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Officially, the government took no stand Wednesday on the matter of amending the Basic Law on Jerusalem, and the coalition allowed its members to vote their conscience. Most Kadima MKs stayed away. In other words: at least for the preliminary reading, the coalition expressed its blessing more than its objection to the bill seeking, ahead of the Annapolis conference, to hobble the government and prevent it from making concessions in Jerusalem. Six ministers backed the bill. Only Labor's ministers voted against it, including Raleb Majadele, who announced the day before in the same place that Israeli law does not apply to the Temple Mount.

Under the amendment, proposed by MK Gideon Sa'ar (Likud) and 25 other MKs, a majority of 80 MKs would be required to concede any territory or jurisdiction in Jerusalem.

Meretz-Yahad chair Yossi Beilin said that the fact that Sa'ar does not make do with the simple majority of 61 shows that he knows his position has become a minority view. Beilin's statement may be true with regard to the public, but in the Knesset Sa'ar won a large majority of 54 versus 24.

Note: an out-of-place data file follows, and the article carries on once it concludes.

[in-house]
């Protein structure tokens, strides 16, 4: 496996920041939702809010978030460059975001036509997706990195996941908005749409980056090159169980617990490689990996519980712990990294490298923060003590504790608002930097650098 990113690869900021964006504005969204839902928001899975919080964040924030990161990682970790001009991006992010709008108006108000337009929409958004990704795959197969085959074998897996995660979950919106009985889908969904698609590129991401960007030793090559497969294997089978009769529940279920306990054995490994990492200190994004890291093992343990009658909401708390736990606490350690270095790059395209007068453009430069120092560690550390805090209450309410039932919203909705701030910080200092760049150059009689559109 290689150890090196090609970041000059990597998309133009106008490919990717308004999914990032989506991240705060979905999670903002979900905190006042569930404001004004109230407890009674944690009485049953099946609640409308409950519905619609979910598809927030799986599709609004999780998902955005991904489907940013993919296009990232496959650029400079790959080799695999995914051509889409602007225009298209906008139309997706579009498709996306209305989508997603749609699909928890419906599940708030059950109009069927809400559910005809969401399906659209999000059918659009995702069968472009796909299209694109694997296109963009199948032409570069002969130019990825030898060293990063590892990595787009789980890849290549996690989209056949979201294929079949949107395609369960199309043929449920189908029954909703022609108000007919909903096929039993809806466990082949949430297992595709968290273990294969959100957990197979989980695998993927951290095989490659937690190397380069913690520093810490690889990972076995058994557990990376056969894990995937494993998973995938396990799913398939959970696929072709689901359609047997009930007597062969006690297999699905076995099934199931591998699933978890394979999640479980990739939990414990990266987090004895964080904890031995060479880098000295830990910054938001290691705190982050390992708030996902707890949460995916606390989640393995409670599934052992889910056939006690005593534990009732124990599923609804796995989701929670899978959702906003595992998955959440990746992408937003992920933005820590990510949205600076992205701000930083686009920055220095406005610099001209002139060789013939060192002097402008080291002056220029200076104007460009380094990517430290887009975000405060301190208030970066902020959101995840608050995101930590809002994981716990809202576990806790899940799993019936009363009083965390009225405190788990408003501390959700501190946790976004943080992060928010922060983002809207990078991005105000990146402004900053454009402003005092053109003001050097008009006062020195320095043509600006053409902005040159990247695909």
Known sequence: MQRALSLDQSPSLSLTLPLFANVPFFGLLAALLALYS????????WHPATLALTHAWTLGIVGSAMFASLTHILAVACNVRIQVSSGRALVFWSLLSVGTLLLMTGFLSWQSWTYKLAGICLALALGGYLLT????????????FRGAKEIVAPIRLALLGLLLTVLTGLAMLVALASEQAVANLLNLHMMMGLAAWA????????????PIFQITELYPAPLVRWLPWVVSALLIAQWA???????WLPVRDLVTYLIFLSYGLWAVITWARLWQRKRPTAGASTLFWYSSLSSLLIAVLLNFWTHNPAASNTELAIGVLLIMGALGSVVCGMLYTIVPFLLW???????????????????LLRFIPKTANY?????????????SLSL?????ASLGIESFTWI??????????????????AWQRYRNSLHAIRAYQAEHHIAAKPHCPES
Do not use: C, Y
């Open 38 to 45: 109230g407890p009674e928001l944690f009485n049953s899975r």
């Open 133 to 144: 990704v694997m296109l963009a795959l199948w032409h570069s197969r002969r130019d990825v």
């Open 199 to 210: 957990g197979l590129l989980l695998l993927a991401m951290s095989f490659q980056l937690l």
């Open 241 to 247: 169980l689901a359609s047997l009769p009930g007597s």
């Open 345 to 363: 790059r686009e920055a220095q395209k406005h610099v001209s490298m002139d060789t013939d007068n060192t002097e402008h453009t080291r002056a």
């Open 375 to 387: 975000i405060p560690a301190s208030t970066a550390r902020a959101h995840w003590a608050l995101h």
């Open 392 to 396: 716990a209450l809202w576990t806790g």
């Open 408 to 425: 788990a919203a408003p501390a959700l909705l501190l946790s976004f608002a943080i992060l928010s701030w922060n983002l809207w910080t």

What was the message Sa'ar sought to convey? "Everyone will know from one end of the world to the other, everywhere - in Ramallah, in Washington, in London and in Moscow - that Israel's Knesset expressed its faith in Jerusalem as the eternal capital that is not in dispute."

Beilin said he is troubled by that self-same message: "This government is not worthy of ruling on this issue if it does not take a stand and tell the opposition, 'Do not bind our hands.' I am ashamed of Israel's position."

What are the odds of this bill passing in first, second and third readings? Slim. This government cannot afford it - Sa'ar presumably remembers that in the next term, he could be in a government that has to give up parts of Jerusalem.

In the hour after the amendment passed, it looked like there was no coalition in the land. One after another, the coalition parties dumped coalition discipline, resulting in a series of defeats for the government in subsequent votes on various bills. This was the coalition's first day of defeats since the winter session opened and Kadima's Eli Aflalo took over as coalition chair.

MK Reuven Rivlin of Likud said in response to Wednesday's events that Wednesdays, when bills go to the plenum for preliminary vote, are days that dismantle coalitions. Rivlin recalled that the Likud under Ariel Sharon took advantage of Wednesdays to topple Ehud Barak's government. When Sharon came to power in 2001, he made a point of sitting in the plenum on Wednesdays, to forestall defections. After three defeats, Prime Minister Ehud Olmert arrived in the plenum and spoke with Shas chairman Eli Yishai. The coalition was reestablished. The defeats stopped immediately.